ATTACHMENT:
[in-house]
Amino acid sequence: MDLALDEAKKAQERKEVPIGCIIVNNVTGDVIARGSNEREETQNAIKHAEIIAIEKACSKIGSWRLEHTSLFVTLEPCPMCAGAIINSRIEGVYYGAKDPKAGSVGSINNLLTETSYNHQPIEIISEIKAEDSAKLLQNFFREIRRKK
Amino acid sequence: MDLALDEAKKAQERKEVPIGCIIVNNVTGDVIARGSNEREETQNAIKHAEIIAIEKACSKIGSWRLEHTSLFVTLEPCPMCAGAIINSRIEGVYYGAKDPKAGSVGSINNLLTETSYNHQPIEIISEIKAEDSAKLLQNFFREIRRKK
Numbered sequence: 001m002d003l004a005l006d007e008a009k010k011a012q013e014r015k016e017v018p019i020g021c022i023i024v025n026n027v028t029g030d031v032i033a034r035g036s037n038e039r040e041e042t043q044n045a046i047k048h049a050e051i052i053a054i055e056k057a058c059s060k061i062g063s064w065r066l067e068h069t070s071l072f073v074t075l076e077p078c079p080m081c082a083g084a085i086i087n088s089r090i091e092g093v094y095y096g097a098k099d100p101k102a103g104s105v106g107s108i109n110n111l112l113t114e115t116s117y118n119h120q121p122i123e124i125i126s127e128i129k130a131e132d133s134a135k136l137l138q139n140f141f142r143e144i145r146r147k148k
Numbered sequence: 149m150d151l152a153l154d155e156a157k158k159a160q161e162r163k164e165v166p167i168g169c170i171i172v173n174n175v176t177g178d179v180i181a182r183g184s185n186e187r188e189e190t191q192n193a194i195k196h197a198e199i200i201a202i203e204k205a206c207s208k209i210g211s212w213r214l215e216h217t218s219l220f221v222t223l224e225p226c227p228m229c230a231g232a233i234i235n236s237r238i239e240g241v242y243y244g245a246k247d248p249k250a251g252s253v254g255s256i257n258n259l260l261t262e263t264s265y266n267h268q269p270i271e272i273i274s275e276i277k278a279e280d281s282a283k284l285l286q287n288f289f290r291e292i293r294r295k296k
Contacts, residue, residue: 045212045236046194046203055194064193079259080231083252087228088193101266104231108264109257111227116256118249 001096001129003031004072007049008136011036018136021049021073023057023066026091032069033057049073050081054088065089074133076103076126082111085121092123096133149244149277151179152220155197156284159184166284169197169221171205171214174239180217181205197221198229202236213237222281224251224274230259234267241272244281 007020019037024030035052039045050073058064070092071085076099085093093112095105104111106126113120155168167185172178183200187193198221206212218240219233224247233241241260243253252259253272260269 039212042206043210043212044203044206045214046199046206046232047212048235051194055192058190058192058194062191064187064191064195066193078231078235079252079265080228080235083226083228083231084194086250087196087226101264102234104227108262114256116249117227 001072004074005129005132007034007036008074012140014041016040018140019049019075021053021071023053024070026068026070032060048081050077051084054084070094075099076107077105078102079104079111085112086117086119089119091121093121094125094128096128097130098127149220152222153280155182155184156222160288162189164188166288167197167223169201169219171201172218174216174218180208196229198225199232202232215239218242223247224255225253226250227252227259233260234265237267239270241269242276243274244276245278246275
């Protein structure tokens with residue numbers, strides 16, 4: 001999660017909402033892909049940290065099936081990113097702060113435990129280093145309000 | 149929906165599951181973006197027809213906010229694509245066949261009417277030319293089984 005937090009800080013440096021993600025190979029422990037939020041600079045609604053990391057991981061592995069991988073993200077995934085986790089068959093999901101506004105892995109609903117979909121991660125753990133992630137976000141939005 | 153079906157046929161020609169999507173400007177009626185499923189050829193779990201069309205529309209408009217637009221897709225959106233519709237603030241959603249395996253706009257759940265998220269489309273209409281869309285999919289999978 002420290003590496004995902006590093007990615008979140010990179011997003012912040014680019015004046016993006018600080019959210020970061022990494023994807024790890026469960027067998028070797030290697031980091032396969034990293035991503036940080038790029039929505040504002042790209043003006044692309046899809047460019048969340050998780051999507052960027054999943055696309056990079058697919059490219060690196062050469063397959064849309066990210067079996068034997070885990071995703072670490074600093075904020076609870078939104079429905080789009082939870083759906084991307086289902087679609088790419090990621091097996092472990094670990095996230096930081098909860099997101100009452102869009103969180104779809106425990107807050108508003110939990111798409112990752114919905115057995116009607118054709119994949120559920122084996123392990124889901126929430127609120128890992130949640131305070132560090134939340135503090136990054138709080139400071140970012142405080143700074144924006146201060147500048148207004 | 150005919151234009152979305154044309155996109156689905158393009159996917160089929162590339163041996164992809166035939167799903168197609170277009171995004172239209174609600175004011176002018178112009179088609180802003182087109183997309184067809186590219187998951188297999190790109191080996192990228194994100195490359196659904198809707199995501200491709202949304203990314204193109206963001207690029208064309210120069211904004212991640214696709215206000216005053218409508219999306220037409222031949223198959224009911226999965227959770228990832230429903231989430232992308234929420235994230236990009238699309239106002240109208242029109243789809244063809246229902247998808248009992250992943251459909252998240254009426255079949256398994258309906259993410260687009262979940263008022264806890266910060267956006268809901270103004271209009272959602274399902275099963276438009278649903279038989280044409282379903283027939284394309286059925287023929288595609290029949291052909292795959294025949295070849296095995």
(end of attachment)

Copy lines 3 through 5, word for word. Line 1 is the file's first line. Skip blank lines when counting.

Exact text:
Amino acid sequence: MDLALDEAKKAQERKEVPIGCIIVNNVTGDVIARGSNEREETQNAIKHAEIIAIEKACSKIGSWRLEHTSLFVTLEPCPMCAGAIINSRIEGVYYGAKDPKAGSVGSINNLLTETSYNHQPIEIISEIKAEDSAKLLQNFFREIRRKK
Numbered sequence: 001m002d003l004a005l006d007e008a009k010k011a012q013e014r015k016e017v018p019i020g021c022i023i024v025n026n027v028t029g030d031v032i033a034r035g036s037n038e039r040e041e042t043q044n045a046i047k048h049a050e051i052i053a054i055e056k057a058c059s060k061i062g063s064w065r066l067e068h069t070s071l072f073v074t075l076e077p078c079p080m081c082a083g084a085i086i087n088s089r090i091e092g093v094y095y096g097a098k099d100p101k102a103g104s105v106g107s108i109n110n111l112l113t114e115t116s117y118n119h120q121p122i123e124i125i126s127e128i129k130a131e132d133s134a135k136l137l138q139n140f141f142r143e144i145r146r147k148k
Numbered sequence: 149m150d151l152a153l154d155e156a157k158k159a160q161e162r163k164e165v166p167i168g169c170i171i172v173n174n175v176t177g178d179v180i181a182r183g184s185n186e187r188e189e190t191q192n193a194i195k196h197a198e199i200i201a202i203e204k205a206c207s208k209i210g211s212w213r214l215e216h217t218s219l220f221v222t223l224e225p226c227p228m229c230a231g232a233i234i235n236s237r238i239e240g241v242y243y244g245a246k247d248p249k250a251g252s253v254g255s256i257n258n259l260l261t262e263t264s265y266n267h268q269p270i271e272i273i274s275e276i277k278a279e280d281s282a283k284l285l286q287n288f289f290r291e292i293r294r295k296k